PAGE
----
Challenges of being a returning adult student, and benefits of the cohort model

The St. John’s Ed.D. program is based on the cohort model, which benefited the graduates as they faced various challenges to attaining their degrees.

Dr. Harte sums it up: “I love cohort programs,” she says. “I especially love the St. John’s model. Having colleagues in the cohort who understood the challenges, people to lean on when you are tired or when you’re experiencing periods of doubt, is priceless. Moreover, having the committee that I had: Dr. Catherine DiMartino (Chair), and Drs. Ceceilia Parnther and Stephen Kotok (committee members) was invaluable. I cannot speak enough about the encouragement and guidance that they offered. They made the journey easier.”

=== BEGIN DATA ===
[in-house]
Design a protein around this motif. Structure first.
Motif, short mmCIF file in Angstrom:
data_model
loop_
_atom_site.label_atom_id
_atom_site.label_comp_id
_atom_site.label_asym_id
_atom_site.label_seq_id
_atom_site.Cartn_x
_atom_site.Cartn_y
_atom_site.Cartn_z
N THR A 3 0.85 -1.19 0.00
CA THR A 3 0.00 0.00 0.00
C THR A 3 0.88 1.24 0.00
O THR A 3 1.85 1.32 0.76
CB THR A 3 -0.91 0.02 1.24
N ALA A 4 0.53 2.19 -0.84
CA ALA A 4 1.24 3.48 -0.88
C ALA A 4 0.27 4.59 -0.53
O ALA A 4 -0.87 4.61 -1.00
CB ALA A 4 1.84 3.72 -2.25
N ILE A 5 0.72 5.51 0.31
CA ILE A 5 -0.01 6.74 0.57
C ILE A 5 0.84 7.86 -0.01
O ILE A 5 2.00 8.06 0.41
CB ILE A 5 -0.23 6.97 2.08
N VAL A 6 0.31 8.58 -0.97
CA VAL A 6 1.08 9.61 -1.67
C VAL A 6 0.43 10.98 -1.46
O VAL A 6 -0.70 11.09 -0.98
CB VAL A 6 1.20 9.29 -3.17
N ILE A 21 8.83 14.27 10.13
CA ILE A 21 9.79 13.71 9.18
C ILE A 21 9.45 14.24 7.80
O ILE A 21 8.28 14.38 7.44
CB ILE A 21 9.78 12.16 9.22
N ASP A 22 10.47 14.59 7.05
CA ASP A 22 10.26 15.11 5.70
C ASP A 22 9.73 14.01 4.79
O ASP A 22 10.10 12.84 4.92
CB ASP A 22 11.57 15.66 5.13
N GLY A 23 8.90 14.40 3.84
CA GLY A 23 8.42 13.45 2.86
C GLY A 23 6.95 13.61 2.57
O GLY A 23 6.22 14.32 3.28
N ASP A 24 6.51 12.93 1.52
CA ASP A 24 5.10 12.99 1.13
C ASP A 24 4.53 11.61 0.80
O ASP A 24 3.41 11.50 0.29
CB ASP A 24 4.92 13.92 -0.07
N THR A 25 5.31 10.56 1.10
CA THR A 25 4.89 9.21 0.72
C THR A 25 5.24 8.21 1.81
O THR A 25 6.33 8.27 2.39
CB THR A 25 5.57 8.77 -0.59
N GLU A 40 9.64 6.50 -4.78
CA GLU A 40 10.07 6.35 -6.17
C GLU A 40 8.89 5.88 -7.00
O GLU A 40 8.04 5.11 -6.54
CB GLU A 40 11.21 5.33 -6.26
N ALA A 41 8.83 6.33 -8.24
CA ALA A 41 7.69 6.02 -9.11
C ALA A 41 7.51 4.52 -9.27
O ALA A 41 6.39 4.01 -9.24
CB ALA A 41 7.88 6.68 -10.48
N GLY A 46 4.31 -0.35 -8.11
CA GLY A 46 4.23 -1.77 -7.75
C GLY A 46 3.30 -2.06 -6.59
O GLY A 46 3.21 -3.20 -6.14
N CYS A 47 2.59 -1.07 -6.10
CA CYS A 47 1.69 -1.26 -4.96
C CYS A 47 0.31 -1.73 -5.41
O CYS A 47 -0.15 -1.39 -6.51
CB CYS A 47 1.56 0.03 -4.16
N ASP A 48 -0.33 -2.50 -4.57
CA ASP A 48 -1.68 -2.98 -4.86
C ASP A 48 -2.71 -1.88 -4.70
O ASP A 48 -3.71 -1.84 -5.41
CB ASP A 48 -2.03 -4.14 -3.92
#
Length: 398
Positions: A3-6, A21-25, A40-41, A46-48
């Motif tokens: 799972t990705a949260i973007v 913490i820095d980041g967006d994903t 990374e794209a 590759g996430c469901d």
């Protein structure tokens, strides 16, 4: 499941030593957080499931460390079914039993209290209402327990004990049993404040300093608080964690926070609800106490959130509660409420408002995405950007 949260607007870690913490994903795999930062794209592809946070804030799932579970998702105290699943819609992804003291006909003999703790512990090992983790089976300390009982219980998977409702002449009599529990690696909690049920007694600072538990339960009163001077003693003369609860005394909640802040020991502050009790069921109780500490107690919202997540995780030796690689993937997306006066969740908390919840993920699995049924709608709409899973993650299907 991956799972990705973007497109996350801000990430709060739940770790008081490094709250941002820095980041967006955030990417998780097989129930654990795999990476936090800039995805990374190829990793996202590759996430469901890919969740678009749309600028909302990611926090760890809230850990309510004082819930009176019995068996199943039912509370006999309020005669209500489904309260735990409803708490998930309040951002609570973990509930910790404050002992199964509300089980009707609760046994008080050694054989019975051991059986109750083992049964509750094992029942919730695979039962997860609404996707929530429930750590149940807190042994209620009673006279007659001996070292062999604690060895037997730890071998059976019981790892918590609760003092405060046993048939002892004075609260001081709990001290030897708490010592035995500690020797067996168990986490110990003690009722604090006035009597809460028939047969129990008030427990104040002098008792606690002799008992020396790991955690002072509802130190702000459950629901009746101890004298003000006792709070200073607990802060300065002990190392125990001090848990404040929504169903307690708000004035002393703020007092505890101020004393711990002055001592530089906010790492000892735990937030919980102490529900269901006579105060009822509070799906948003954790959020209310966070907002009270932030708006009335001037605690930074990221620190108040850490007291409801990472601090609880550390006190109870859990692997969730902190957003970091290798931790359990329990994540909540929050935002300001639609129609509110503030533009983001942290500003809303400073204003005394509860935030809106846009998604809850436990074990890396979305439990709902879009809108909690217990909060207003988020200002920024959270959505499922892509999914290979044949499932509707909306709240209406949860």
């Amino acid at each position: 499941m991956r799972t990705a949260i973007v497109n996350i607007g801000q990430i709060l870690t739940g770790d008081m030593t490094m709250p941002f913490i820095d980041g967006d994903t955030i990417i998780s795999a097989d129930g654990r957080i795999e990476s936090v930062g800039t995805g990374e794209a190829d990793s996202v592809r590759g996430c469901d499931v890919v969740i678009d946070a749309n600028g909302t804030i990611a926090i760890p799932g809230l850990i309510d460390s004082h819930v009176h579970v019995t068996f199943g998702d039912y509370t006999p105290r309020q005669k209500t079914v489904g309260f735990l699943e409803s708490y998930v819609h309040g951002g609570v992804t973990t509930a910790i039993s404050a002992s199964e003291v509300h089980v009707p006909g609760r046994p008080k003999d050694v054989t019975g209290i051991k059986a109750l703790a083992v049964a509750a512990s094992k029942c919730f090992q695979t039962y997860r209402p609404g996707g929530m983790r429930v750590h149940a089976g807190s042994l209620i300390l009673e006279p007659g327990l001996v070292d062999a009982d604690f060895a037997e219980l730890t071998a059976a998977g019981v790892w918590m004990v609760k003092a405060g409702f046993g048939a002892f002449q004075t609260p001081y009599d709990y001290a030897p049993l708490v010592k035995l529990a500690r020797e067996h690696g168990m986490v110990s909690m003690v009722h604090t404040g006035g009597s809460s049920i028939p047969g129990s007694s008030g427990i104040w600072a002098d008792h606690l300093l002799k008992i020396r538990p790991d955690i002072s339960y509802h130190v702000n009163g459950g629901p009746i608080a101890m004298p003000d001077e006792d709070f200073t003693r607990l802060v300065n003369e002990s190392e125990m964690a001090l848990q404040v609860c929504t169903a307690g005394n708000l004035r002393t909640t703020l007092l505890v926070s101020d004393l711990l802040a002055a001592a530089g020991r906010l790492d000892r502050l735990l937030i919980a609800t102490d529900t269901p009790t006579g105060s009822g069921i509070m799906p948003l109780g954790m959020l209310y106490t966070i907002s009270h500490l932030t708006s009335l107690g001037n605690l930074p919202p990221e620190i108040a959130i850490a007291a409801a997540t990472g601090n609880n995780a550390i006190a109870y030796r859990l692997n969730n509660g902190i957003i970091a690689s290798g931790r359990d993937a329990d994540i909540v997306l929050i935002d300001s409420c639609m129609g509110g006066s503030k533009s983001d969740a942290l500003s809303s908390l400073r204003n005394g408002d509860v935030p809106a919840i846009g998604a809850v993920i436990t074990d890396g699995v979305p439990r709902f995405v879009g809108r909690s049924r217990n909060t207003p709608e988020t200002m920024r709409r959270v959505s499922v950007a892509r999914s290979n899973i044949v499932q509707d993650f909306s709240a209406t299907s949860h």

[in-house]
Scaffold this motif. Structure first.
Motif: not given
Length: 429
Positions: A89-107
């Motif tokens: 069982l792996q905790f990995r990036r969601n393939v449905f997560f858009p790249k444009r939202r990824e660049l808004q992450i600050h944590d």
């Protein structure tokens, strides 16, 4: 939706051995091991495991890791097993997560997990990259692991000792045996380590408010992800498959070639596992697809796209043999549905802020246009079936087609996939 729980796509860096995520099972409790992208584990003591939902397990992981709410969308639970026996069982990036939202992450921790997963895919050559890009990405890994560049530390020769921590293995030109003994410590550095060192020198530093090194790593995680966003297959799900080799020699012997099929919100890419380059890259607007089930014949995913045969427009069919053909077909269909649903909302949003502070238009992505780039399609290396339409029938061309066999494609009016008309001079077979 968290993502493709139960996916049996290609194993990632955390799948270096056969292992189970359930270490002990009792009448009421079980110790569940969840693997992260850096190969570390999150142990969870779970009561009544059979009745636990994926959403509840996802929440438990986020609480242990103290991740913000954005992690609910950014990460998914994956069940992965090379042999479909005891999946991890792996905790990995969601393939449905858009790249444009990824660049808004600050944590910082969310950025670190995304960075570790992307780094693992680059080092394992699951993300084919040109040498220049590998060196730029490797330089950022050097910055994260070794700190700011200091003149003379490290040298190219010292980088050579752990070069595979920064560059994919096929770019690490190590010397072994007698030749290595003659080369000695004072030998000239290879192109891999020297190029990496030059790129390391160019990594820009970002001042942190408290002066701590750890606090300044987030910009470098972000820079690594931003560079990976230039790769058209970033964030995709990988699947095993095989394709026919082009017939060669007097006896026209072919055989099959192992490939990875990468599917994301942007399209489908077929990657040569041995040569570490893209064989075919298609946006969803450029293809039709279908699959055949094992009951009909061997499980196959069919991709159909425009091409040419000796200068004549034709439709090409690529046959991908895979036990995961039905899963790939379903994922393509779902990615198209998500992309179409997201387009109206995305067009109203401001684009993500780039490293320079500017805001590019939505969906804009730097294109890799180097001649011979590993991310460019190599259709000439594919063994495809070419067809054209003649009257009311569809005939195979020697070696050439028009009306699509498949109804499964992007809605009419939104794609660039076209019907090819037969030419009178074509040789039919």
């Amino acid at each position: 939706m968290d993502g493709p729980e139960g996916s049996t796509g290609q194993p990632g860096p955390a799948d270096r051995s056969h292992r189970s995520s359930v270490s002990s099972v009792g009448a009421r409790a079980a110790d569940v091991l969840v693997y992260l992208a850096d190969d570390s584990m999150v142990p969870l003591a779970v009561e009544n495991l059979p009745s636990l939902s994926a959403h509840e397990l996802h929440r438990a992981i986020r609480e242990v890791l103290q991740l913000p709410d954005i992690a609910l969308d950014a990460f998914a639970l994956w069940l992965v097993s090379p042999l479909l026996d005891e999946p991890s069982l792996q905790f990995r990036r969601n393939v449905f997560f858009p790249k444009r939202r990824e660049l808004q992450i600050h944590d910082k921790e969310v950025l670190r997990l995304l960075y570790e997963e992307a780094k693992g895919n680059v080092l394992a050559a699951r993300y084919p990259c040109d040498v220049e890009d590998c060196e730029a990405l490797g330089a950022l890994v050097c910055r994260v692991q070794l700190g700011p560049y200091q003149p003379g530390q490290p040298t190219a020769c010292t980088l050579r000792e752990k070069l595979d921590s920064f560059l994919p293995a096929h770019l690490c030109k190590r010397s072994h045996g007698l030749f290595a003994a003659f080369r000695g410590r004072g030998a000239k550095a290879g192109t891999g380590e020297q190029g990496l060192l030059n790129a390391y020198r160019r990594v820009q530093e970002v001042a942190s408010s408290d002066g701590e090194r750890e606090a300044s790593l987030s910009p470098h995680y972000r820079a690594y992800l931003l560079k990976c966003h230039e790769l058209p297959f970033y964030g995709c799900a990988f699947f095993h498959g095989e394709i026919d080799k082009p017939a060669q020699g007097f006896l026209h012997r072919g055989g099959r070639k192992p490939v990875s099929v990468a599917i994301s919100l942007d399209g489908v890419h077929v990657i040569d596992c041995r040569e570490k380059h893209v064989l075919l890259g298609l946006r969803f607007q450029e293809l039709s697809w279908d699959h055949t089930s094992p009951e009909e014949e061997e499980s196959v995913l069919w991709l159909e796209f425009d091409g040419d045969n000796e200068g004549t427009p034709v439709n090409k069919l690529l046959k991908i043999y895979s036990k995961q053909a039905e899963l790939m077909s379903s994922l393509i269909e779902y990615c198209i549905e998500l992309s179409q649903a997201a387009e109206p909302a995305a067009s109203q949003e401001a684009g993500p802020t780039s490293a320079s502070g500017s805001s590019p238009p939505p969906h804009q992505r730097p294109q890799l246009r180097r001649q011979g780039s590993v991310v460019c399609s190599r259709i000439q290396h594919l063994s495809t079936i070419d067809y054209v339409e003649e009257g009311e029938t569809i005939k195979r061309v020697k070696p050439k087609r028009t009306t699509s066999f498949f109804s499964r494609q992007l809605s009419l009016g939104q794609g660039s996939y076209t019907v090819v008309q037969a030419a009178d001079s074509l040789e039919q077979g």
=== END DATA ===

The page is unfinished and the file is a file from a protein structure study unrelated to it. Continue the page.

Dr. Harte also acknowledges that the timing, for this particularly cohort, was uniquely challenging.

“Coupled with juggling a demanding job and taking care of my family was having to deal with the COVID-19 pandemic and uncertainty caused by the virus — never knowing if or when I might become ill.”

Dr. Cortes describes some of the challenges of being an adult returning student in a recent LinkedIn post. In 2017, he writes, he started the doctoral program at St. John’s University “after 17 years being out of school and with a six-month-old baby boy at home.”